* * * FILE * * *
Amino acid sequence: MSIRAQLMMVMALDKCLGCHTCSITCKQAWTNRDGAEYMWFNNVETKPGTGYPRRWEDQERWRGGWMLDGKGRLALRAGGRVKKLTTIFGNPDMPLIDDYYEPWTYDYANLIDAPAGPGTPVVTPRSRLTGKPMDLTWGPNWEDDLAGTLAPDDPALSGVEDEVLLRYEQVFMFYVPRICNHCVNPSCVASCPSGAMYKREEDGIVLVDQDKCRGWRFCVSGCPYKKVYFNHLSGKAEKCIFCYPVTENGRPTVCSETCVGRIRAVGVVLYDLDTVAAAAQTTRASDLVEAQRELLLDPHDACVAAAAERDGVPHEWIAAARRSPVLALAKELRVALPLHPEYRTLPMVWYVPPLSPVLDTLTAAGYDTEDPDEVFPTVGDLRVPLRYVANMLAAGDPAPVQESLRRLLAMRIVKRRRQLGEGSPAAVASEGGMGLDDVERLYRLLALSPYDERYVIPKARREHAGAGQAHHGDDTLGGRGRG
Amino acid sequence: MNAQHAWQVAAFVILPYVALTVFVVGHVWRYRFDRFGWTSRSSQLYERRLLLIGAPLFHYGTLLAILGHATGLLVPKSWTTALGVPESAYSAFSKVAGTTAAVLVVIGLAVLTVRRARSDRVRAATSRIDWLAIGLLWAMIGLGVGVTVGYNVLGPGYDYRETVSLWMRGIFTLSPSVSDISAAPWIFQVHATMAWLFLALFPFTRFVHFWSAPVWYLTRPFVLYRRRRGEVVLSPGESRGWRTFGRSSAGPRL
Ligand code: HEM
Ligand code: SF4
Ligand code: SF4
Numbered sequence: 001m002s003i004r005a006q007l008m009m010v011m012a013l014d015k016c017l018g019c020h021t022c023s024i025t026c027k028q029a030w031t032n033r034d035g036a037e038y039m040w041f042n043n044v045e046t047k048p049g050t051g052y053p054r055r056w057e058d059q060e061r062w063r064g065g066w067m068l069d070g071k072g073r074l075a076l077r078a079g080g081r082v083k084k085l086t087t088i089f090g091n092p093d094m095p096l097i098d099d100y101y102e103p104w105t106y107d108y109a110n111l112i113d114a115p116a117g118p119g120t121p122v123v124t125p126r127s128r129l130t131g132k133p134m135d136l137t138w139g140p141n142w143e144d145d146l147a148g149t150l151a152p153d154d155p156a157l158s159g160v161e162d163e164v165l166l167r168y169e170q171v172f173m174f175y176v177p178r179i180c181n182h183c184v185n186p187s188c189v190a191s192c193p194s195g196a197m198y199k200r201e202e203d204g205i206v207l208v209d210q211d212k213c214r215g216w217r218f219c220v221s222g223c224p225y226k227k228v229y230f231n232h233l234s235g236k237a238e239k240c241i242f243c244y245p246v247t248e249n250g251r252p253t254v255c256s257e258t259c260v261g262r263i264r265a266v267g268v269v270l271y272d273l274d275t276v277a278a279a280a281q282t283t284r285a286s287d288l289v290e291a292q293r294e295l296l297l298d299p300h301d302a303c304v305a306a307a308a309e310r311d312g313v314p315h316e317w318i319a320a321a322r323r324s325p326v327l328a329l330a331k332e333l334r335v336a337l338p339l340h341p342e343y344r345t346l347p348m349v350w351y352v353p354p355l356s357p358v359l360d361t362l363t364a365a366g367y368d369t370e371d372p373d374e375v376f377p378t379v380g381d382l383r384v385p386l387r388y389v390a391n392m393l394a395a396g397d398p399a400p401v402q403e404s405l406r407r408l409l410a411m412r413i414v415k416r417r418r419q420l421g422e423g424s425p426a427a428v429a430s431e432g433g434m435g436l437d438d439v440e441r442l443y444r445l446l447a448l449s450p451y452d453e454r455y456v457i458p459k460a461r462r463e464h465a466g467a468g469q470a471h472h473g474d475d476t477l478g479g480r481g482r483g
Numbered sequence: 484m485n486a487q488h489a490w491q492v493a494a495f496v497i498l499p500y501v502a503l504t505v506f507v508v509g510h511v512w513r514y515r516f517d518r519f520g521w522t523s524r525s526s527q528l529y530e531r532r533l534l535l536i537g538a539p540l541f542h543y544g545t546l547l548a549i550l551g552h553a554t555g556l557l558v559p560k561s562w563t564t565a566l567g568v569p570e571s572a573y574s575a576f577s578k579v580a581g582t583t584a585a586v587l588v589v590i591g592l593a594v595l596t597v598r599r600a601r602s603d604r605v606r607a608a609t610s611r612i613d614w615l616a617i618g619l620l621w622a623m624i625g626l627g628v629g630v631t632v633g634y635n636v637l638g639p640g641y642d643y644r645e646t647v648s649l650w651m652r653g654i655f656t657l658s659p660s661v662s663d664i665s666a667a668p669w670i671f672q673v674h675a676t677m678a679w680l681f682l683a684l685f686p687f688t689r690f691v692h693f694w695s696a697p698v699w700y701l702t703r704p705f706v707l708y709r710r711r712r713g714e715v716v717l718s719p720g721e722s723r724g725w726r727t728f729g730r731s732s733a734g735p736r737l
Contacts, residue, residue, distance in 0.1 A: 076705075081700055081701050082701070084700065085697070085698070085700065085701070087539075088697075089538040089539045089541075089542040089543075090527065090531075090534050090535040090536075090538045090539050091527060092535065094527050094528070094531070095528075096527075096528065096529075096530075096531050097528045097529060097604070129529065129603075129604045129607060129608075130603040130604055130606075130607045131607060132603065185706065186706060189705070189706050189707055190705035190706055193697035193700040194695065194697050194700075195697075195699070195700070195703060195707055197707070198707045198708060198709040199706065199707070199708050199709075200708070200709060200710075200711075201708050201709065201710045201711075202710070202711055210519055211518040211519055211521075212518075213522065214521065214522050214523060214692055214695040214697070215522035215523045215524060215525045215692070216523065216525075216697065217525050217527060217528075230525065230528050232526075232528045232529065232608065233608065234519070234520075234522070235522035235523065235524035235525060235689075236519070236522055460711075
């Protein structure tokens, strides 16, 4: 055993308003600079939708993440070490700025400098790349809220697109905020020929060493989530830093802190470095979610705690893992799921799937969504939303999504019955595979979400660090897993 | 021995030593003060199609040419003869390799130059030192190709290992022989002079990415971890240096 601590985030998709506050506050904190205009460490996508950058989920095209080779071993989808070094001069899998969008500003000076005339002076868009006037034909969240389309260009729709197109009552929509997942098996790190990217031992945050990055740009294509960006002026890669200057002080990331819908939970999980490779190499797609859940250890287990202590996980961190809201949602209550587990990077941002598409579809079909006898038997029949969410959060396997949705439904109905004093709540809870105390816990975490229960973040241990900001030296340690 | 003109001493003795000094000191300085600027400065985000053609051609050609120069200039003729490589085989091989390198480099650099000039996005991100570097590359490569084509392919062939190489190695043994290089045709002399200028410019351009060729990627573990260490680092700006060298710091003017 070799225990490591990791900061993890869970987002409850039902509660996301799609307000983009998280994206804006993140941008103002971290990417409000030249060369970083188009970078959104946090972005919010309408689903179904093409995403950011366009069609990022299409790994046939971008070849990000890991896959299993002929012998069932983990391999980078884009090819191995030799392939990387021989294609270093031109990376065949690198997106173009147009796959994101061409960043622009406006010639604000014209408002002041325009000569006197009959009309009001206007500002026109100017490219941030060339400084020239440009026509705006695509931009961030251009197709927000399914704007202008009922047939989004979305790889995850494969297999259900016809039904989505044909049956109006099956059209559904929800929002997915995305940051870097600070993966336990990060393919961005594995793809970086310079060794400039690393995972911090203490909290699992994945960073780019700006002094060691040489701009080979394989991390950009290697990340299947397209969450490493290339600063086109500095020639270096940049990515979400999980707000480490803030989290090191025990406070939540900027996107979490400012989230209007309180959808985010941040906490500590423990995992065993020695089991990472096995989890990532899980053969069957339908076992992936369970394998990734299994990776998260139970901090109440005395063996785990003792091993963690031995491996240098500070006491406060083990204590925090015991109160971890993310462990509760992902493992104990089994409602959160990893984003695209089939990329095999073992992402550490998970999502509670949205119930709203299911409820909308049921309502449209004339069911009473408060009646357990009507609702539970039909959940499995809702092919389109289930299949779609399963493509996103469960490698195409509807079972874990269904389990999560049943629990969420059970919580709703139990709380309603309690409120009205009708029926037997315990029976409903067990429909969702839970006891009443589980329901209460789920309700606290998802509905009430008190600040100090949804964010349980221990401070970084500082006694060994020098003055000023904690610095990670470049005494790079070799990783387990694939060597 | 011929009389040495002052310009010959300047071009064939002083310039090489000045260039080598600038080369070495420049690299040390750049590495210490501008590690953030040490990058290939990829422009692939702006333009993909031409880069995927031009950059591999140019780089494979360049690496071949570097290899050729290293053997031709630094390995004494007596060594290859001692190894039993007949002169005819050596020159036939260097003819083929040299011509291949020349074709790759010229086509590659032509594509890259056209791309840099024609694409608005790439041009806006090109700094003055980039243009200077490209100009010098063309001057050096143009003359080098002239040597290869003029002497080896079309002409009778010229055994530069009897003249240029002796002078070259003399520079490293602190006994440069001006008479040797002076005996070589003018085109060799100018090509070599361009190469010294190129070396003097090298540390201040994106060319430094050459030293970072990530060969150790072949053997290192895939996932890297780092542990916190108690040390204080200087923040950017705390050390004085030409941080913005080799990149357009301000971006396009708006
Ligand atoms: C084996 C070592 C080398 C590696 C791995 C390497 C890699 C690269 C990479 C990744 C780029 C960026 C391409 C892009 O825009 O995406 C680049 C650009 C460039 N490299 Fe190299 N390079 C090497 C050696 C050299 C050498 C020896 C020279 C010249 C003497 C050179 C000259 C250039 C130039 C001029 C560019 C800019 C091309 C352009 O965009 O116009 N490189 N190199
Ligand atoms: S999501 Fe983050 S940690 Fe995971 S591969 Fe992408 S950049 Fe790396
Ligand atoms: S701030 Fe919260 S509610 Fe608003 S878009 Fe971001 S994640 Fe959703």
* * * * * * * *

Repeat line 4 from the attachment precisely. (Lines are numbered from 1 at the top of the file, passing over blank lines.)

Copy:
Ligand code: SF4